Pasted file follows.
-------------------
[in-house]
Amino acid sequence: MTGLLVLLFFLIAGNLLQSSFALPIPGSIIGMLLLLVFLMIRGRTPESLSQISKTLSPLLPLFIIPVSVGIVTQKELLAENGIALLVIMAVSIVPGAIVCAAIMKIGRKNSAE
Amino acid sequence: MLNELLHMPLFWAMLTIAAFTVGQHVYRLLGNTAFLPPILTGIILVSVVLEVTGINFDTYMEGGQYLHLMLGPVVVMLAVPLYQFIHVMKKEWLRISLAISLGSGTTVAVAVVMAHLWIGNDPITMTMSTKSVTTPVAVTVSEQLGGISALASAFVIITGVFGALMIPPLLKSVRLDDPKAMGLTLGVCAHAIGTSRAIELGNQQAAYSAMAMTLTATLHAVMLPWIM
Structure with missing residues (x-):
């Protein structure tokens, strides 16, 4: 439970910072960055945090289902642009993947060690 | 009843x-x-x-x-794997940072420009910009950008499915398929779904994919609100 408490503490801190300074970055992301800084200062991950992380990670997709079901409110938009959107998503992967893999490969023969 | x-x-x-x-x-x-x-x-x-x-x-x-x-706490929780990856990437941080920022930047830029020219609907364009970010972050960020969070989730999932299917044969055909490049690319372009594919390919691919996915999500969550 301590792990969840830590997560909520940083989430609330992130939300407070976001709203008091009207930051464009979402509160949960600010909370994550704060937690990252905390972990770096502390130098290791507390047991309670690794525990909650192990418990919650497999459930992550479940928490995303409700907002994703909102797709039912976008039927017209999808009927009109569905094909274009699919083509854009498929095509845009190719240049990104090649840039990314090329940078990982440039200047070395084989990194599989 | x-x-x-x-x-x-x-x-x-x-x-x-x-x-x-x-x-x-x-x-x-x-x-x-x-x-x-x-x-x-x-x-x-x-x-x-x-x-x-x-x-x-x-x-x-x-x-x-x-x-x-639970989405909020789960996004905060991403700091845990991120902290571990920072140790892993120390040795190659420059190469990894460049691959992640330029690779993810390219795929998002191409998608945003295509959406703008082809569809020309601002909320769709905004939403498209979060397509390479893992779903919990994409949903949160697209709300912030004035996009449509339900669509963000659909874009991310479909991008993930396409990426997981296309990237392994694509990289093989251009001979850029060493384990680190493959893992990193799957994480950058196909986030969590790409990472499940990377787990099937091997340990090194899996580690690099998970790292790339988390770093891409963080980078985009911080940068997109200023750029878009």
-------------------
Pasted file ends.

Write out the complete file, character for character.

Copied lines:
[in-house]
Amino acid sequence: MTGLLVLLFFLIAGNLLQSSFALPIPGSIIGMLLLLVFLMIRGRTPESLSQISKTLSPLLPLFIIPVSVGIVTQKELLAENGIALLVIMAVSIVPGAIVCAAIMKIGRKNSAE
Amino acid sequence: MLNELLHMPLFWAMLTIAAFTVGQHVYRLLGNTAFLPPILTGIILVSVVLEVTGINFDTYMEGGQYLHLMLGPVVVMLAVPLYQFIHVMKKEWLRISLAISLGSGTTVAVAVVMAHLWIGNDPITMTMSTKSVTTPVAVTVSEQLGGISALASAFVIITGVFGALMIPPLLKSVRLDDPKAMGLTLGVCAHAIGTSRAIELGNQQAAYSAMAMTLTATLHAVMLPWIM
Structure with missing residues (x-):
């Protein structure tokens, strides 16, 4: 439970910072960055945090289902642009993947060690 | 009843x-x-x-x-794997940072420009910009950008499915398929779904994919609100 408490503490801190300074970055992301800084200062991950992380990670997709079901409110938009959107998503992967893999490969023969 | x-x-x-x-x-x-x-x-x-x-x-x-x-706490929780990856990437941080920022930047830029020219609907364009970010972050960020969070989730999932299917044969055909490049690319372009594919390919691919996915999500969550 301590792990969840830590997560909520940083989430609330992130939300407070976001709203008091009207930051464009979402509160949960600010909370994550704060937690990252905390972990770096502390130098290791507390047991309670690794525990909650192990418990919650497999459930992550479940928490995303409700907002994703909102797709039912976008039927017209999808009927009109569905094909274009699919083509854009498929095509845009190719240049990104090649840039990314090329940078990982440039200047070395084989990194599989 | x-x-x-x-x-x-x-x-x-x-x-x-x-x-x-x-x-x-x-x-x-x-x-x-x-x-x-x-x-x-x-x-x-x-x-x-x-x-x-x-x-x-x-x-x-x-x-x-x-x-x-639970989405909020789960996004905060991403700091845990991120902290571990920072140790892993120390040795190659420059190469990894460049691959992640330029690779993810390219795929998002191409998608945003295509959406703008082809569809020309601002909320769709905004939403498209979060397509390479893992779903919990994409949903949160697209709300912030004035996009449509339900669509963000659909874009991310479909991008993930396409990426997981296309990237392994694509990289093989251009001979850029060493384990680190493959893992990193799957994480950058196909986030969590790409990472499940990377787990099937091997340990090194899996580690690099998970790292790339988390770093891409963080980078985009911080940068997109200023750029878009």